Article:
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As I’m sure you’ve heard, on the 21st of August 2017, North America will experience its first Total Eclipse in almost 100 years.

So how does a Solar eclipse occur?

The short of it, is that the distance between the Earth and the Sun is about 400 times the Moon’s distance from the Sun and the Sun’s diameter is approximately 400 times larger than the Moon’s. Meaning that the Sun and the Moon both have a very similar size when viewed from the Earth. But what else is going on during a Total Solar Eclipse?

1. There will be a 360-degree sunrise/sunset
Whilst the majority of people will be focusing on the sun itself, take a minute to look around to your horizon and witness the colors of a sunset and sunrise in every direction.

2. Star Gazing
As the moon causes the day to turn to darkness, the sky will get so dark that stars will look just as bright as they would during the night. If you live close to the total eclipse zone you will even be able to see planets like Jupiter and Venus!

3. Temperature Change
Not only will the eclipse cause the environment to appear different, but it will also feel different. Depending on factors such as time of year and cloud cover, the temperature can drop by as much as 20F during an eclipse so bring your coat! It is predicted that the 2017 eclipse will cause a temperature drop by around 10F.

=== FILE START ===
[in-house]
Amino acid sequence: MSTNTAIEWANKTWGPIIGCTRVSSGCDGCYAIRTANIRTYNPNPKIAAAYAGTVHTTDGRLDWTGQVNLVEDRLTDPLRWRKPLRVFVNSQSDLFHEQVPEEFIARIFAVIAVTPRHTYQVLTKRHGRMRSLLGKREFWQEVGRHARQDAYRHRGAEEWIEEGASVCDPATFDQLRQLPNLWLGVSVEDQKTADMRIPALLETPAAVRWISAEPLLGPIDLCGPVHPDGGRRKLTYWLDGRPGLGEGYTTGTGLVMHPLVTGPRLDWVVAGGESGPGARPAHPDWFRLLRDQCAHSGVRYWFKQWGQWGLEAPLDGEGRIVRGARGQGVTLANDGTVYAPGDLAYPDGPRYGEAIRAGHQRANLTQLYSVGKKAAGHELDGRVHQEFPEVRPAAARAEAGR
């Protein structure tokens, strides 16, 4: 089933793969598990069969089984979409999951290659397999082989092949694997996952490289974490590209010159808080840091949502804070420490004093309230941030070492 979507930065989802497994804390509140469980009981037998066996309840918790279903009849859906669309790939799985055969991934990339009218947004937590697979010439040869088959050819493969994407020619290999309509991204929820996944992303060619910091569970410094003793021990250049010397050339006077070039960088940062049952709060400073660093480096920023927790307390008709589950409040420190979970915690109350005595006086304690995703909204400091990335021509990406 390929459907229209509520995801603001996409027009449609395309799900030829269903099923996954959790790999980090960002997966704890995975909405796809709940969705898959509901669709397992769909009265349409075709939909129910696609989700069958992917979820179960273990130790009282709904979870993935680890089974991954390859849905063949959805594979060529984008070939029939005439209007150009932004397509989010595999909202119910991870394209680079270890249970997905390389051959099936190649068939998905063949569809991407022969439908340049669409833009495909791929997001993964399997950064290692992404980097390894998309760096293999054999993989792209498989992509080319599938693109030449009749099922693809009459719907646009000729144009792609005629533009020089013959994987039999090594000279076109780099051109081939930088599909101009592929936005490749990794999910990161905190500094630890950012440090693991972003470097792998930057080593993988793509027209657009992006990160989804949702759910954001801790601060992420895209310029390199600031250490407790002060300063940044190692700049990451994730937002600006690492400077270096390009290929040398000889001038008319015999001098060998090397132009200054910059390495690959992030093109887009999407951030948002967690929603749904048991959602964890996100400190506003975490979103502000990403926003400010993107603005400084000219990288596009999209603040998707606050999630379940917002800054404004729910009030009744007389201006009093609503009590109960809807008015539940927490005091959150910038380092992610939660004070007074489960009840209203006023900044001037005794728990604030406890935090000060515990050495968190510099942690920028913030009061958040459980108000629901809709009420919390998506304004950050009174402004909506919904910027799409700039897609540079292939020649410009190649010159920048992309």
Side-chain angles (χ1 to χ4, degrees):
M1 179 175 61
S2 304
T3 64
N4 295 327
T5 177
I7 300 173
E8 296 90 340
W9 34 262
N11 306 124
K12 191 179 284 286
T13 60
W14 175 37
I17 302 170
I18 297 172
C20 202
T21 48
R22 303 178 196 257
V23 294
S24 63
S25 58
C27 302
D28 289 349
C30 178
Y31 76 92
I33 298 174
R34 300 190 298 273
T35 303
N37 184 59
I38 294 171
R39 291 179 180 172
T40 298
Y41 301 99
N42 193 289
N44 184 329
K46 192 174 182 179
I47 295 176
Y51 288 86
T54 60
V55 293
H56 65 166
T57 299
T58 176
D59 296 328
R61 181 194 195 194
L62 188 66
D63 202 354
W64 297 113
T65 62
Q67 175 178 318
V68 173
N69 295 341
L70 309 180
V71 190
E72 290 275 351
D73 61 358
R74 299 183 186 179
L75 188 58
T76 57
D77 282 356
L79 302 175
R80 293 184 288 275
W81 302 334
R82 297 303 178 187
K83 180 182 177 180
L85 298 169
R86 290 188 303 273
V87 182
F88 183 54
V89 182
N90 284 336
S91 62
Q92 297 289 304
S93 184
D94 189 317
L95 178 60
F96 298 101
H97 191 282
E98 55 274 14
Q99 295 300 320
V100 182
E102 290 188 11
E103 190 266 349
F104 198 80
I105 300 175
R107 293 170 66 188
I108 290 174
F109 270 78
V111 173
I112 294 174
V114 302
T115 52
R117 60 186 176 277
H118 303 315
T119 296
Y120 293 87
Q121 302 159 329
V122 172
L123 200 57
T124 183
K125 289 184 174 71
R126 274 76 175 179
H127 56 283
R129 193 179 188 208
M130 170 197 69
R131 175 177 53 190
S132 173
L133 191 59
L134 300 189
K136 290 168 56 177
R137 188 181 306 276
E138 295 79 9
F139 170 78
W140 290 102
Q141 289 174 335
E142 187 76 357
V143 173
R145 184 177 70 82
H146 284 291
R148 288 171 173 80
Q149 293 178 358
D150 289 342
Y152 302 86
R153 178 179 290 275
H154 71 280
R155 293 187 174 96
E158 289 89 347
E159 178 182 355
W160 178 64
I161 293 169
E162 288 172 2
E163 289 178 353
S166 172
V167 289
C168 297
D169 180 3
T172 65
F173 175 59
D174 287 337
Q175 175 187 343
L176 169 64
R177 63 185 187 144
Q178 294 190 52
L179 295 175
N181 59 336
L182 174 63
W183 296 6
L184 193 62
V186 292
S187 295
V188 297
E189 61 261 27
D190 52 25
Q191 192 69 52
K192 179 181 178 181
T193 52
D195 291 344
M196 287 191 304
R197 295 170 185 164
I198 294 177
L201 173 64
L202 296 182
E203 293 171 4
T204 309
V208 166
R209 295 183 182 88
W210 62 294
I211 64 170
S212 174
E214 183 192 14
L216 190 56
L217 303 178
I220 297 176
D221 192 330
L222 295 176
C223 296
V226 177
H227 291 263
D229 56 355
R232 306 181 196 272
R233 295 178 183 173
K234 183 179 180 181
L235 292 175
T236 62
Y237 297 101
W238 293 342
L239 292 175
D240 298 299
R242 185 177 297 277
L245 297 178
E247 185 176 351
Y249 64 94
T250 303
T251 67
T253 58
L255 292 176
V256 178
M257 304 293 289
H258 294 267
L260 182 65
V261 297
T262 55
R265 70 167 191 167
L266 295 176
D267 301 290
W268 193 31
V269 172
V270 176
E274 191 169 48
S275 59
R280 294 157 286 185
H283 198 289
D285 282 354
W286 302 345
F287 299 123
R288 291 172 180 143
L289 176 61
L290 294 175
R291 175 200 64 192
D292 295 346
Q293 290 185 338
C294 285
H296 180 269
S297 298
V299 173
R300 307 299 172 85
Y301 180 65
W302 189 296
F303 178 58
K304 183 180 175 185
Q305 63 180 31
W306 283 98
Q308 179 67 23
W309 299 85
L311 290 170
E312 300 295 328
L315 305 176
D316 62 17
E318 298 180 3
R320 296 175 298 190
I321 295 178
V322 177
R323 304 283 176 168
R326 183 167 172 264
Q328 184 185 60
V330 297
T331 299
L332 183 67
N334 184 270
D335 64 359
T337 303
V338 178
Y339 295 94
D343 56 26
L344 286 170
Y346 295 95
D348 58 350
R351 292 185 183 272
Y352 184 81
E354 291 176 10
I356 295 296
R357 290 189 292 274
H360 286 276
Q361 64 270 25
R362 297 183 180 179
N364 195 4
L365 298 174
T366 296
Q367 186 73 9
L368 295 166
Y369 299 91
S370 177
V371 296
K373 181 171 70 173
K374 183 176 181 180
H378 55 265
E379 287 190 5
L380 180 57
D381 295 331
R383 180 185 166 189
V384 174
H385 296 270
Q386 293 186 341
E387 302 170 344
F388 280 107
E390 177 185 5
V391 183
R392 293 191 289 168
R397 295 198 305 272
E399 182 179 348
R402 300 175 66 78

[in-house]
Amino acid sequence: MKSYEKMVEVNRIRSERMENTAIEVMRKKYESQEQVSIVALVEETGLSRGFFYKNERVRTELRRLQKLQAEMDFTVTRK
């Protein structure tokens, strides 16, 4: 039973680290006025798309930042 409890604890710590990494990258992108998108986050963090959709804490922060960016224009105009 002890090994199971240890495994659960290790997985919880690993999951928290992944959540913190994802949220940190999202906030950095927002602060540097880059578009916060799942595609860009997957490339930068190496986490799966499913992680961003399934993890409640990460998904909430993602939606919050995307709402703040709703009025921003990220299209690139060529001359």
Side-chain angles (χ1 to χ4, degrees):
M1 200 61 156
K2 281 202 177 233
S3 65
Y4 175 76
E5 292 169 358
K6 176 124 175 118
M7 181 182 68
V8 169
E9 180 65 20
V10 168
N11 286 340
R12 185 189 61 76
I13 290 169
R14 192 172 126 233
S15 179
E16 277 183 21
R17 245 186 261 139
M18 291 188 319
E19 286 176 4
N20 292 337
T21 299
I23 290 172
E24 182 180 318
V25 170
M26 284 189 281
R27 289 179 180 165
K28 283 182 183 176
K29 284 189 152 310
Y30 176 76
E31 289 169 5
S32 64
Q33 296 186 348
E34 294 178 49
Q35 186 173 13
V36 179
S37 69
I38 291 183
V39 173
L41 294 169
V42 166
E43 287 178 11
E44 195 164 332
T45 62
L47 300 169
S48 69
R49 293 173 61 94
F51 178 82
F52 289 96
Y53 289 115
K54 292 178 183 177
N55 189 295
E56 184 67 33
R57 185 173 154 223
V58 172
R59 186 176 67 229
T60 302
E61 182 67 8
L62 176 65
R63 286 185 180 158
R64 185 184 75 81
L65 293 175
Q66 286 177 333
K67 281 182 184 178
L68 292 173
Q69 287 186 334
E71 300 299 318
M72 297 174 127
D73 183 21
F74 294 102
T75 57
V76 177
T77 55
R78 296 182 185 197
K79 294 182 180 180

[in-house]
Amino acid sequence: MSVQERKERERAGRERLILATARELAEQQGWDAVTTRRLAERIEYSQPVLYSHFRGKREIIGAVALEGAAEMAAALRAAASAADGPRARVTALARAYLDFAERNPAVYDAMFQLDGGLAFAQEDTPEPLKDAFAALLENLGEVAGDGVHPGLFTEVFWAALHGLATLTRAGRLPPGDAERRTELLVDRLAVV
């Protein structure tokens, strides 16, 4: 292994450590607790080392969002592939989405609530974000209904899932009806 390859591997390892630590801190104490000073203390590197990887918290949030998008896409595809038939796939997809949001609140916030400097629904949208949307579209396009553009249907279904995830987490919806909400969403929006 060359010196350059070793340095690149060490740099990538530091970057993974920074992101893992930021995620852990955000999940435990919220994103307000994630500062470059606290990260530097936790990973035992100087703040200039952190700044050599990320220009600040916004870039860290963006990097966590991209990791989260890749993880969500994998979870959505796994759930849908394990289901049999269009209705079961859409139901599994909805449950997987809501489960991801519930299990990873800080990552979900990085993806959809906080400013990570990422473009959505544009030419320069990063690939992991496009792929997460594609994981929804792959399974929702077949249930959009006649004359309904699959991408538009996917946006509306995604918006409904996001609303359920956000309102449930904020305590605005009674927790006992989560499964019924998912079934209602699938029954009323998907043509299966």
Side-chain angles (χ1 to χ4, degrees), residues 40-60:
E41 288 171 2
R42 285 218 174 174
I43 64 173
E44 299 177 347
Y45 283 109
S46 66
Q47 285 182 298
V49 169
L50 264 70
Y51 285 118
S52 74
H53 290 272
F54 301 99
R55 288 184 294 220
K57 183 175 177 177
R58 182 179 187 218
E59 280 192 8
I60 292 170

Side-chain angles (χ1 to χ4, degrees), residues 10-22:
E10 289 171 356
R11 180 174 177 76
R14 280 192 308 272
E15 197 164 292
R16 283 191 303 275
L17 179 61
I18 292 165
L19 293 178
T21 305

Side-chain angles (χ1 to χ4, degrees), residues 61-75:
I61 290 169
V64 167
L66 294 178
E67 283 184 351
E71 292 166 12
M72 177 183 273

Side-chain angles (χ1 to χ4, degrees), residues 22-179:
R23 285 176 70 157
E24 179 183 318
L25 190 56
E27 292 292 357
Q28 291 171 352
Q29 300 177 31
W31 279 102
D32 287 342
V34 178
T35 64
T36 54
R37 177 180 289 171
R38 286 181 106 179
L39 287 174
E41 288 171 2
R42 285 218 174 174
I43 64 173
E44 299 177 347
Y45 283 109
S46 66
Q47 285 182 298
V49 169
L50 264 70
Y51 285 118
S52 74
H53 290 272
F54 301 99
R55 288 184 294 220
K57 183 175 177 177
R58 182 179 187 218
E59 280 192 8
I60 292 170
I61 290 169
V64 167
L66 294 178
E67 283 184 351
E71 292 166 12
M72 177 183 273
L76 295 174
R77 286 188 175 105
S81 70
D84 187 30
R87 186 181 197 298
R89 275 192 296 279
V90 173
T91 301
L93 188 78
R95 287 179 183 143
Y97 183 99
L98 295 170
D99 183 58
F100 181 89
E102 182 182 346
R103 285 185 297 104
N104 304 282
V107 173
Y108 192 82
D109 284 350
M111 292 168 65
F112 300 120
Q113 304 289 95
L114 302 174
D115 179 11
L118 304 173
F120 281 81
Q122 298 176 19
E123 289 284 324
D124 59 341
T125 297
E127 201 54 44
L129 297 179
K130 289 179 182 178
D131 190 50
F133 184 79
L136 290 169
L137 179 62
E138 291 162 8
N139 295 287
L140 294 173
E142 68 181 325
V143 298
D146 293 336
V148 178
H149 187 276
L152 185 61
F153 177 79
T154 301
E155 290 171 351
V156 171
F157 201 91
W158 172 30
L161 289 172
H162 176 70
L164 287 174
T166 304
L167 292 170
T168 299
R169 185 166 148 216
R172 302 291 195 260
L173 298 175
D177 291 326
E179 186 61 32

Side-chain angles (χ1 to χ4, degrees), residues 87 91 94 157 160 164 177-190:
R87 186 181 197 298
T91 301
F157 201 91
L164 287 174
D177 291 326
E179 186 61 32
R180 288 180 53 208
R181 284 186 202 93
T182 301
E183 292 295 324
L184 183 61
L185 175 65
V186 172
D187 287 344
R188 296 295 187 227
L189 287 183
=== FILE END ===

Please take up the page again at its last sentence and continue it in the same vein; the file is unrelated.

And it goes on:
4. Totality last a maximum of 2 minutes 40.2 seconds
There’s no room for tardiness with the total eclipse, to experience it at that length you will need to be slightly south of Carbondale, Illinois, in Giant City State Park. I would plan for traffic.

5. Don’t waste your time trying to photograph the eclipse!
This one may seem strange, but hear me out… the eclipse will only last a maximum of 162 seconds so don’t waste any time fiddling around with your camera, your phone or, heaven forbid, your snapchat! Take the moment to yourself and enjoy this natural phenomenon that NO-ONE on this planet has ever witnessed in their lifetime.

Whilst Safelumin may be able to provide light to homes in the US affected by darkness caused by power outages and black-outs, we cannot provide light for Monday’s Solar Eclipse. From all of us here at Safelumin, we hope your thoroughly enjoy your experience!

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